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Jul 25, 2013
Governor Jindal Demands Board Pull Lawsuit to Stop Trial Lawyer Windfall

BATON ROUGE – Today, Governor Bobby Jindal demanded that the Southeast Louisiana Flood Protection Authority-East (SLFPAE) cancel a contract with trial lawyers because the suit oversteps the authority of the SLFPAE and the legality of the contract is in question. Governor Jindal emphasized that he is not going to let a single levee board – taken over by a group of trial lawyers – determine flood protection, coastal restoration and economic repercussions for the state. 
First, the SLFPAE overstepped its authority. The Louisiana State Legislature established the Coastal Protection and Restoration Authority (CPRA) as the entity responsible for the state’s policy for coastal issues. By filing this suit against nearly 100 companies, the SLFPAE has effectively taken on the role of the Governor, the Attorney General, the Department of Natural Resources and the CPRA in determining the state’s policy on coastal issues. 
Second, the legality of the contract is in question. Louisiana Revised Statute 42:262 provides for any special attorney or counsel to represent a state board or commission for services which any compensation is to be paid by it “solely on written approval of the governor and the Attorney General and pay only such compensation as the governor and the Attorney General may designate in the written approval.” The Governor did not approve this contract – nor would he have approved this contract.  
Governor Jindal said, “This is nothing but a windfall for a handful of trial lawyers. It boils down to trial lawyers who see dollar signs in their future and who are taking advantage of people who want to restore Louisiana’s coast. These trial lawyers are taking this action at the expense of our coast and thousands of hardworking Louisianians who help fuel America by working in the energy industry. 
“We’re not going to allow a single levee board that has been hijacked by a group of trial lawyers to determine flood protection, coastal restoration and economic repercussions for the entire State of Louisiana.
“This suit takes a myopic view of coastal Louisiana that actually jeopardizes and undermines our ability to implement the Master Plan. 
“The lawsuit oversteps the authority of the board by attempting to act on behalf of the state to determine coastal policy. The legality of the contract is also in question because Louisiana statute requires my approval in such matters. The board should pull the contract immediately.  
“A better approach to helping restore Louisiana’s coast includes holding the Army Corps of Engineers accountable, pushing for more offshore revenue sharing and holding BP accountable for the damage their spill is doing to our coast.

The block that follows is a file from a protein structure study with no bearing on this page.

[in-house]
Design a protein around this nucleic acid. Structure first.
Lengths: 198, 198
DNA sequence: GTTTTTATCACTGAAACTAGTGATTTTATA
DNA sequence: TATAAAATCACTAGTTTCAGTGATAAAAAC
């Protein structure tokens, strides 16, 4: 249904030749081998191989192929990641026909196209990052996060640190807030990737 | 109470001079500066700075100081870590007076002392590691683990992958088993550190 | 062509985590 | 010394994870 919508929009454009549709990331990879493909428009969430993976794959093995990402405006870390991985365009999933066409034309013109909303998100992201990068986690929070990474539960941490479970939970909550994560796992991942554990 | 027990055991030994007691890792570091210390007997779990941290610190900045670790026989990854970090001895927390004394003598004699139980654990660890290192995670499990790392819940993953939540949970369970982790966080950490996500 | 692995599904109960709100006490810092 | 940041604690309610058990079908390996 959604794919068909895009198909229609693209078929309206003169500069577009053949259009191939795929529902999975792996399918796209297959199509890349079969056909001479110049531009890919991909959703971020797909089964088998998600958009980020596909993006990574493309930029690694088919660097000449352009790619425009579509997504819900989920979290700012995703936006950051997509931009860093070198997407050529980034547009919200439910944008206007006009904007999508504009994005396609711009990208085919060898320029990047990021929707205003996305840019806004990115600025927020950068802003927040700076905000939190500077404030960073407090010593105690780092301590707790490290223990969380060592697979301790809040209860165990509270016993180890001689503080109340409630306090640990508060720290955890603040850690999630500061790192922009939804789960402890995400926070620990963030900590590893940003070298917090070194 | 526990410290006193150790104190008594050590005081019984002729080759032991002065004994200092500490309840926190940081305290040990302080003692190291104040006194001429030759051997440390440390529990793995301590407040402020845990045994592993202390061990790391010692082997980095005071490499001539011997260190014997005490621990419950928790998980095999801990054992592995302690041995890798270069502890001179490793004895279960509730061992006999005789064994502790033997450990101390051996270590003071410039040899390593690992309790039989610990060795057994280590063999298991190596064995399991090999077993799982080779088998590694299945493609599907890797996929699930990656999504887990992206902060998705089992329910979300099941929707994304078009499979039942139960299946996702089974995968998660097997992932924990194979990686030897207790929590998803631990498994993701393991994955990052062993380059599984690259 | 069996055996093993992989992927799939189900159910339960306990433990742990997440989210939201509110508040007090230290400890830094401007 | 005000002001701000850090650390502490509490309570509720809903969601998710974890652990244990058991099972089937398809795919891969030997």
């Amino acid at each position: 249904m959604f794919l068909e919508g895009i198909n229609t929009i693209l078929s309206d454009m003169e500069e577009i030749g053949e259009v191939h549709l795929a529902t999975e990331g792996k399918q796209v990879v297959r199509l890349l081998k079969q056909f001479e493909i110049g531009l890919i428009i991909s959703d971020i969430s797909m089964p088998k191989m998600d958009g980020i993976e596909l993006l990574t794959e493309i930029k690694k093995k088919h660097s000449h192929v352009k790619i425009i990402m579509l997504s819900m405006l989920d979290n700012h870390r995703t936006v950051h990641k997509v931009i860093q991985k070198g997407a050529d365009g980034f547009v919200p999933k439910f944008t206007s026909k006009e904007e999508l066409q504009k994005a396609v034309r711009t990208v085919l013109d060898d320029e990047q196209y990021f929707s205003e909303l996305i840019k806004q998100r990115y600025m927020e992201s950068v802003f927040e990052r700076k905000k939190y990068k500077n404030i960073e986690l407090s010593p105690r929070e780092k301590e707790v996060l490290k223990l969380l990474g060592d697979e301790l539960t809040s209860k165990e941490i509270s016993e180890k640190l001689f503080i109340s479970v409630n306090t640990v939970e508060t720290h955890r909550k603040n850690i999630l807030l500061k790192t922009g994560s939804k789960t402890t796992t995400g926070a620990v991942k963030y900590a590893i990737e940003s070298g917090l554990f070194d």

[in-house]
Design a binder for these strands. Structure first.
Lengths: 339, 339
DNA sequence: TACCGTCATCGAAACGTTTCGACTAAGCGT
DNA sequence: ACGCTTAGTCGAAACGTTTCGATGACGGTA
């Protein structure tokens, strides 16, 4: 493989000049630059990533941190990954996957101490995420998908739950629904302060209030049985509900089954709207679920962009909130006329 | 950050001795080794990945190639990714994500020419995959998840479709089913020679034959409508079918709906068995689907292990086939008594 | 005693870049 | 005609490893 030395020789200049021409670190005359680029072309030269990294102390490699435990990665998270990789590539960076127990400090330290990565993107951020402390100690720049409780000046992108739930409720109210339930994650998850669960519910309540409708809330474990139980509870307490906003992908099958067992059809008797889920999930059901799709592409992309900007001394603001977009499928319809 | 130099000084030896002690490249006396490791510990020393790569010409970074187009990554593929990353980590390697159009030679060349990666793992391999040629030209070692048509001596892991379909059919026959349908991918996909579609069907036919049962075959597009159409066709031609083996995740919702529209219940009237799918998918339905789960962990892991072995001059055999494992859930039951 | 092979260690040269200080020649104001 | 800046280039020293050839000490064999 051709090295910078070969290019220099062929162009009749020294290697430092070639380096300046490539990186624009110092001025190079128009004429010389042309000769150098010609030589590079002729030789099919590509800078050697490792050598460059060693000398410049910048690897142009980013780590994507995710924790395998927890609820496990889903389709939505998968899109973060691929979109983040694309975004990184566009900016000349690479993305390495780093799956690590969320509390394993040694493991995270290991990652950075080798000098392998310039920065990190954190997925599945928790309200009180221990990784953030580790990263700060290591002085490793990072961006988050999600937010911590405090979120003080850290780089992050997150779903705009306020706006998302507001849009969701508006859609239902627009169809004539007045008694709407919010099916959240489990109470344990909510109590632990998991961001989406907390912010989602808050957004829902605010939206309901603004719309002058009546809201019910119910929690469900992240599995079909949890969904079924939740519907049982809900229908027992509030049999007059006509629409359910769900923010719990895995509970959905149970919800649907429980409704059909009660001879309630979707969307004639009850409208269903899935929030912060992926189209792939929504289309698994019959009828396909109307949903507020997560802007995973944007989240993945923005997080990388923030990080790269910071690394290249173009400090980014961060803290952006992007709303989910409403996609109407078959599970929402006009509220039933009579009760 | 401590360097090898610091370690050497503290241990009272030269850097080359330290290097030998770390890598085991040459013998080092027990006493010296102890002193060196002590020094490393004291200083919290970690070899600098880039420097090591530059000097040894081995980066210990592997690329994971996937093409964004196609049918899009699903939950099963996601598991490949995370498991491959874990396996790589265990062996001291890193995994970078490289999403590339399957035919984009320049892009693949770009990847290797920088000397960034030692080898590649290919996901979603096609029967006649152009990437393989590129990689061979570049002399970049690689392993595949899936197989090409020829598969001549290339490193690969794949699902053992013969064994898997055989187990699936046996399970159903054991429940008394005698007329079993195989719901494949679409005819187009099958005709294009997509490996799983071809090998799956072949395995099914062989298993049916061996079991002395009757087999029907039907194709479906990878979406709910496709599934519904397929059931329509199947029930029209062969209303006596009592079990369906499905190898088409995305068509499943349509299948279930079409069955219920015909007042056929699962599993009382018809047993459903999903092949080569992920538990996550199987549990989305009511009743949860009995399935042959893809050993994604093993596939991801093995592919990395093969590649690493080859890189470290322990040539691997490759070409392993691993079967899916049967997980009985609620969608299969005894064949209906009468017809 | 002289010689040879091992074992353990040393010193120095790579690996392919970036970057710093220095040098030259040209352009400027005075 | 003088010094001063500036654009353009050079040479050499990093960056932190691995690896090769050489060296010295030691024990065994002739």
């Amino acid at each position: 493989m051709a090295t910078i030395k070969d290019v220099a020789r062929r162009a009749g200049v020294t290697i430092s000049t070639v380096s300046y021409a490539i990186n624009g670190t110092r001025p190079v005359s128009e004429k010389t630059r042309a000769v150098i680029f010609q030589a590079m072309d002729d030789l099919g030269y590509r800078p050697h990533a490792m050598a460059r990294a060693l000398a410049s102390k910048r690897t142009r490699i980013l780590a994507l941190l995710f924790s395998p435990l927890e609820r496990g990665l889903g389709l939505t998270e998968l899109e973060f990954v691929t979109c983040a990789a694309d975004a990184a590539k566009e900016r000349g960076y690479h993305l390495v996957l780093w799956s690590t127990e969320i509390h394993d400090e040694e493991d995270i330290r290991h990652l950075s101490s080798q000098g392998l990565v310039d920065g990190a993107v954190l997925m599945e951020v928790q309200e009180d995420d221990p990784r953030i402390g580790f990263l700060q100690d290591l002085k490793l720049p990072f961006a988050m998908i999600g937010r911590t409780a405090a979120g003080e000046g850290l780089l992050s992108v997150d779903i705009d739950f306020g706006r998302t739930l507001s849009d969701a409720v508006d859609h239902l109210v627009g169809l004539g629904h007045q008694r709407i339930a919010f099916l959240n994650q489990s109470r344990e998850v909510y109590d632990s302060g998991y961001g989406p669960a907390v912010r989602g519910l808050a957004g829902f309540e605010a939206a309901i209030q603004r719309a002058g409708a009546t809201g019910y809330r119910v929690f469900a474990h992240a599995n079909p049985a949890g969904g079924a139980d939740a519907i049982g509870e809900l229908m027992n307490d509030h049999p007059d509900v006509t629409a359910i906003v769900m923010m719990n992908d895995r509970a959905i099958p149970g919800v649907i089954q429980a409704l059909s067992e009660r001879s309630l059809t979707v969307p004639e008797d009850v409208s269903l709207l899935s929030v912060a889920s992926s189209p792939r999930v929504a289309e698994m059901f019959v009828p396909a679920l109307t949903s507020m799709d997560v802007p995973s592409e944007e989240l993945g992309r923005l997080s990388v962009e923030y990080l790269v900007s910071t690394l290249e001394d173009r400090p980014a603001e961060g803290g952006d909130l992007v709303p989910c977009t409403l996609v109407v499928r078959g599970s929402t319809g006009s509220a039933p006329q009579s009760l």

“The protection of our coastal environment is a priority.  We should not allow for any activities that cause or exacerbate coastal erosion.  Since taking office, the Department of Natural Resources and the Coastal Protection Restoration Authority have reformed coastal zone regulations, revised the coastal zone jurisdiction and improved policies related to the sustainability of our coast.  We now require the beneficial use of dredge material and other restorative actions in the coastal zone.  We have also made unprecedented investments in coastal restoration and protection – the largest investments in our coast in Louisiana history.
“We have repeatedly pushed the Department of the Interior to evaluate and mitigate for the cumulative impacts of offshore energy production in our state.  While the U.S. Treasury has pocketed nearly $200 billion from offshore energy production, a fraction of one percent has been returned to our state for restoration and protection projects.  Meanwhile, up to 90 percent of revenues from energy production onshore is re-invested in the states that host such production.  This disparity in federal laws needs to end.
“Instead of tying up the future of Louisiana’s coast in court with the benefits only to be reaped by a group of trial lawyers, we believe the better way to direct offshore energy company revenues into Louisiana’s coast is through revenue sharing from offshore energy production. In fact, Louisiana voters overwhelmingly decided this issue years ago by approving a constitutional amendment that would dedicate all future offshore energy revenues to coastal restoration and hurricane protection projects in Louisiana’s master plan. The recent efforts in Congress to increase Gulf of Mexico Energy Security Act funds are encouraging, but more needs to be done.”
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